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I have an email subject of the form:


The body of the email is utf-8 base64 encoded - and has decoded fine. I am current using Perl's Email::MIME module to decode the email.

What is the meaning of the =?utf-8 delimiter and how do I extract information from this string?

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5 Answers 5

up vote 21 down vote accepted

The header is parsed as follows:

=?<charset>?<encoding>?<data>?<possibly repeated>?=

charset is in this case utf-8 the encoding is B which means base64 (the other option is Q which means Quoted Printable).

To read it, first decode the base64, then treat it as utf-8 characters.

Also read the various email related internet RFCs for more detail.

Since you are using Perl, it looks like Encode::MIME::Header will be of use:


This module implements RFC 2047 Mime Header Encoding. There are 3 variant encoding names; MIME-Header, MIME-B and MIME-Q. The difference is described below

              decode()          encode()  
MIME-Header   Both B and Q      =?UTF-8?B?....?=  
MIME-B        B only; Q croaks  =?UTF-8?B?....?=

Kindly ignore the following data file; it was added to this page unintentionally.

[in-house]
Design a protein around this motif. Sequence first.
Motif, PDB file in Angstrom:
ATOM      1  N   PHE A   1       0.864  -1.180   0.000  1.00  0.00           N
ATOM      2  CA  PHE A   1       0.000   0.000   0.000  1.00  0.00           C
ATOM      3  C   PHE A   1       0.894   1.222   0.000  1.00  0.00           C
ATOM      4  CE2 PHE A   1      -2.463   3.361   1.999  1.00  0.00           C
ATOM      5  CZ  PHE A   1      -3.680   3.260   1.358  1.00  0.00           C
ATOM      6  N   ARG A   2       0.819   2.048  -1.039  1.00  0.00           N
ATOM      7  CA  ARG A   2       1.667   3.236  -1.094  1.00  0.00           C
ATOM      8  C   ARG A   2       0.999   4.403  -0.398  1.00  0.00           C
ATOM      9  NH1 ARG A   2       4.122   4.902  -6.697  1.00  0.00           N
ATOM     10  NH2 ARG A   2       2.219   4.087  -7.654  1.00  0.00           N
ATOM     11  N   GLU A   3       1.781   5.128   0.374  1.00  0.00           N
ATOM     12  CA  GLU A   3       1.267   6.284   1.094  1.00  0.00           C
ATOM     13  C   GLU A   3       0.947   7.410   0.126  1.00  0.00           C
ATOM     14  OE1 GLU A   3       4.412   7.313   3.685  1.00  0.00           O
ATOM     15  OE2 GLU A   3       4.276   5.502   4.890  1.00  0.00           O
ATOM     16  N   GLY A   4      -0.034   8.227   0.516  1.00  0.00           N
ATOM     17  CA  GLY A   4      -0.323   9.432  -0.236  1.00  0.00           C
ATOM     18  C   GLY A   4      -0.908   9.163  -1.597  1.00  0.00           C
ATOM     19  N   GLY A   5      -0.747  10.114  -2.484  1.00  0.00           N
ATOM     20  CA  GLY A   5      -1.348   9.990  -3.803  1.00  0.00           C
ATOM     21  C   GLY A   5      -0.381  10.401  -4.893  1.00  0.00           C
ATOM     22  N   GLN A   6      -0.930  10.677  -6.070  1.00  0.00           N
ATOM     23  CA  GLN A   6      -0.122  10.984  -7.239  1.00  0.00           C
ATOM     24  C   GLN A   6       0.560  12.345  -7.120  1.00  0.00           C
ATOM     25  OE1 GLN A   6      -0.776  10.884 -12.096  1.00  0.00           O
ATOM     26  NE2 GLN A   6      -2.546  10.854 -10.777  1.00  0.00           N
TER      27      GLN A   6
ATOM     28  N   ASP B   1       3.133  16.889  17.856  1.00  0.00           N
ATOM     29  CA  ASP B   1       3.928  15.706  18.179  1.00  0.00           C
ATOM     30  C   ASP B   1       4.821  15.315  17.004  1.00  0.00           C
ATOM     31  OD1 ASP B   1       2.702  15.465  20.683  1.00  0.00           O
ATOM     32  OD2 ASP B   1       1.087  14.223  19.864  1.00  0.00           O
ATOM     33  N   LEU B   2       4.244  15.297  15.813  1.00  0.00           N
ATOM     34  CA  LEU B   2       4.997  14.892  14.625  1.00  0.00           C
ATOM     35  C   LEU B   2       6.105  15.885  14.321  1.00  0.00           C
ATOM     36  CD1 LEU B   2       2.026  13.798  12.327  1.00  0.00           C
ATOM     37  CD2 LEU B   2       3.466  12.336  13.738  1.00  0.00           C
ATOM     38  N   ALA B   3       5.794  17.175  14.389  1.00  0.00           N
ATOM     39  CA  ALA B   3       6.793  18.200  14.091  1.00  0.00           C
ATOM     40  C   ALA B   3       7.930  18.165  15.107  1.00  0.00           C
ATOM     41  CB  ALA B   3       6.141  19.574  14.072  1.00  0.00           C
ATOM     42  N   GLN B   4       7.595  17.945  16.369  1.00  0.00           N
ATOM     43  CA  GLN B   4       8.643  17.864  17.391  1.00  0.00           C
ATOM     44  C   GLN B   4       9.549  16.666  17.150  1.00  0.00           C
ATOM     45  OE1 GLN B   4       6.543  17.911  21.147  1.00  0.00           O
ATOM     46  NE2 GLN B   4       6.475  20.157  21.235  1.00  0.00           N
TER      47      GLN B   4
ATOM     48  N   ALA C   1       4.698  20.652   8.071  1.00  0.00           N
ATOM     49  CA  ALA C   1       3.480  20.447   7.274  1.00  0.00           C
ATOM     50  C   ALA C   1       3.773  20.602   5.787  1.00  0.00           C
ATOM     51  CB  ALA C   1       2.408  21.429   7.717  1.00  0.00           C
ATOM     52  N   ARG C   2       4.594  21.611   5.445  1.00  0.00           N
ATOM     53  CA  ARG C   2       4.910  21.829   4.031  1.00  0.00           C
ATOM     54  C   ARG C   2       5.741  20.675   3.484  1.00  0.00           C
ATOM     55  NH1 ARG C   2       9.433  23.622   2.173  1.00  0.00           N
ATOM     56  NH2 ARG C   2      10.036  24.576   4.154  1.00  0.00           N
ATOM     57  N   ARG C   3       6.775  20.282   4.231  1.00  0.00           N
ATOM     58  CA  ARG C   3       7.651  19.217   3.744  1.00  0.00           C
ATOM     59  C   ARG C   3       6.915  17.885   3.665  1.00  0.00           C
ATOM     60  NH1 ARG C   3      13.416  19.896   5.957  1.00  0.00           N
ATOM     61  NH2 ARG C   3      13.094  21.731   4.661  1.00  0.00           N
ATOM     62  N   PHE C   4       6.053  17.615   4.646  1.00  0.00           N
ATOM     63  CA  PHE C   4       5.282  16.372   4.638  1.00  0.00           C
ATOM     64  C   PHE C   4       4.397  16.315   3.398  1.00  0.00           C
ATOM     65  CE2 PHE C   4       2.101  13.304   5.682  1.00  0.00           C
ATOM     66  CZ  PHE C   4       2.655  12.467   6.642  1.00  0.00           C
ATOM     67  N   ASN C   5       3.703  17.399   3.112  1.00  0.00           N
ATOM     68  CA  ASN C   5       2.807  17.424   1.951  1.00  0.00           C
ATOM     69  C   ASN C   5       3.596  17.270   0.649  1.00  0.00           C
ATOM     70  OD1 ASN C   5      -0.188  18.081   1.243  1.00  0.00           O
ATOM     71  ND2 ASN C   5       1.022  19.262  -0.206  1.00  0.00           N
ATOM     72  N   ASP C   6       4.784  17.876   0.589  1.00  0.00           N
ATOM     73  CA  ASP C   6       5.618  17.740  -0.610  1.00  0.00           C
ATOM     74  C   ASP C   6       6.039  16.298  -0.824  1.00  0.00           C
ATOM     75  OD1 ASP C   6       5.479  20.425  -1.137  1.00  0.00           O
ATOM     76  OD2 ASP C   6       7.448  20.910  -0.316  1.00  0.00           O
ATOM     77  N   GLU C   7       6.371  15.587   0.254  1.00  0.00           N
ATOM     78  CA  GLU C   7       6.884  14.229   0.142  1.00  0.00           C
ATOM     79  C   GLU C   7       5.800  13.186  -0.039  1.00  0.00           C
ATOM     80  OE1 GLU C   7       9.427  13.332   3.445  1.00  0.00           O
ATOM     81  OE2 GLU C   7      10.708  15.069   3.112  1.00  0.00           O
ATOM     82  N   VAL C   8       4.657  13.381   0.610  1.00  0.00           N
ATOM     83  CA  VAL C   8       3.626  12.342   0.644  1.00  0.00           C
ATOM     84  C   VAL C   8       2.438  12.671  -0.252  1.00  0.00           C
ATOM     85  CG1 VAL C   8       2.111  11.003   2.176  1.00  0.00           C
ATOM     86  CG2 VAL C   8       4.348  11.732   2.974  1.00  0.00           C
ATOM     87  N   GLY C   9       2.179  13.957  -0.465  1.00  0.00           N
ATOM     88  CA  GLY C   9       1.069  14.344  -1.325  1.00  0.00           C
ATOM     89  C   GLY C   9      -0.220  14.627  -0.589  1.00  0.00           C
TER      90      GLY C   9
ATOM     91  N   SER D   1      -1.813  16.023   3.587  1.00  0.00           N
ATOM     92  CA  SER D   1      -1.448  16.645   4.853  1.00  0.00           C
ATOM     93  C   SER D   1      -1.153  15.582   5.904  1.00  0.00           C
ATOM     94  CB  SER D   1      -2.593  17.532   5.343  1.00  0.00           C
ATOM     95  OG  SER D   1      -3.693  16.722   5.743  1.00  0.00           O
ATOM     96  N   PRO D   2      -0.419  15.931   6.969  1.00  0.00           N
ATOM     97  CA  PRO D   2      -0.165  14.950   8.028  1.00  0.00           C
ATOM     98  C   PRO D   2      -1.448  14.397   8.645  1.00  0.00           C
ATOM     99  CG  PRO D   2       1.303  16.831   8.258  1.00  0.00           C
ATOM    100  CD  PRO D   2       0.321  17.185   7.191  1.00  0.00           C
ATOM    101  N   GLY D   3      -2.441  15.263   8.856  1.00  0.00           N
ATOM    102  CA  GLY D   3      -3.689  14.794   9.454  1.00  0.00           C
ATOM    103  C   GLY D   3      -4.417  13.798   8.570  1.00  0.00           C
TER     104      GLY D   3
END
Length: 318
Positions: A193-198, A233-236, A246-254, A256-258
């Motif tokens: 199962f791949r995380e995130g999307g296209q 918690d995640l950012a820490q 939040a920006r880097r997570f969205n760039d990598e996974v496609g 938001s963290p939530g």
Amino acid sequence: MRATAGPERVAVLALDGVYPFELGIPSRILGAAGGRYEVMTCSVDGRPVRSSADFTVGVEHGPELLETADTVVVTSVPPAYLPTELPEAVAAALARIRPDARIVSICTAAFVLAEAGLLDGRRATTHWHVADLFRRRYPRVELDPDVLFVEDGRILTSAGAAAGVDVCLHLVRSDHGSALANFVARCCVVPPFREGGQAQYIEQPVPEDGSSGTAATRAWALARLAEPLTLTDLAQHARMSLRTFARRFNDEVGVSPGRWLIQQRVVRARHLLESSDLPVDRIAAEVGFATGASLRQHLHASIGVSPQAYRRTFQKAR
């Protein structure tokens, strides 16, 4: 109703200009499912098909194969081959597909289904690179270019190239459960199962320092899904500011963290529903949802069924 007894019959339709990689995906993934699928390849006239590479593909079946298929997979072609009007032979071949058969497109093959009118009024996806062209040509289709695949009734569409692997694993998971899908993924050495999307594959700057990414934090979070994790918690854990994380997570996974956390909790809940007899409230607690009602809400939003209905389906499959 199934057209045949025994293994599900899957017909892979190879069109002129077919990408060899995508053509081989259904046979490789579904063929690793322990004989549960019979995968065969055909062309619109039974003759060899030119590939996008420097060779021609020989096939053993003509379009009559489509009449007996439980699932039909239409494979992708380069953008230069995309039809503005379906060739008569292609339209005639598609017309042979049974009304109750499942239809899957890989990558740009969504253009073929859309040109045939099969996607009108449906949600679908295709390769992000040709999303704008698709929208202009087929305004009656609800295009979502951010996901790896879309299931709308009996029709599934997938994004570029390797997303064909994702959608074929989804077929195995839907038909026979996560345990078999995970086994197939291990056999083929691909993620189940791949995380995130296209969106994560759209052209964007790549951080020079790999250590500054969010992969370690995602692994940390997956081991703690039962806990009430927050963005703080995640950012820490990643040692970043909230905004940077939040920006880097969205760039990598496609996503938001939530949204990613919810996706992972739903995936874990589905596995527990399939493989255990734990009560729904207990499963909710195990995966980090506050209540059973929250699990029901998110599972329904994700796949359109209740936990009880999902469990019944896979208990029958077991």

MIME-Q        Q only; B croaks  =?UTF-8?Q?....?=
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Where are you getting this part: ?<possibly repeated>?= The grammar for rfc 2047 just says: encoded-word = "=?" charset "?" encoding "?" encoded-text "?=" –  catphive Mar 3 '11 at 19:02

I think that the Encode module handles that with the MIME-Header encoding, so try this:

use Encode qw(decode);
my $decoded = decode("MIME-Header", $encoded);
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That was helpful, thanks. Btw, I also used print encode('utf-8', $headers_decoded) to display decoded headers properly, if someone else is reading this while writing some mail script. –  kagali-san Oct 25 '10 at 18:30
This solution is great! Works perfect! –  George Bailey Dec 21 '10 at 21:05

Check out RFC2047. The 'B' means that the part between the last two '?'s is base64-encoded. The 'utf-8' naturally means that the decoded data should be interpreted as UTF-8.

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This is a standard extension for charset labeling of headers, specified in RFC2047.

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MIME::Words from MIME-tools seems to work well too for this. I ran into some issue with Encode and found MIME::Words succeeded on some strings where Encode did not.


use MIME::Words qw(:all);

### Decode the string into another string, forgetting the charsets:
$decoded = decode_mimewords(
      'To: =?ISO-8859-1?Q?Keld_J=F8rn_Simonsen?= <keld@dkuug.dk>',
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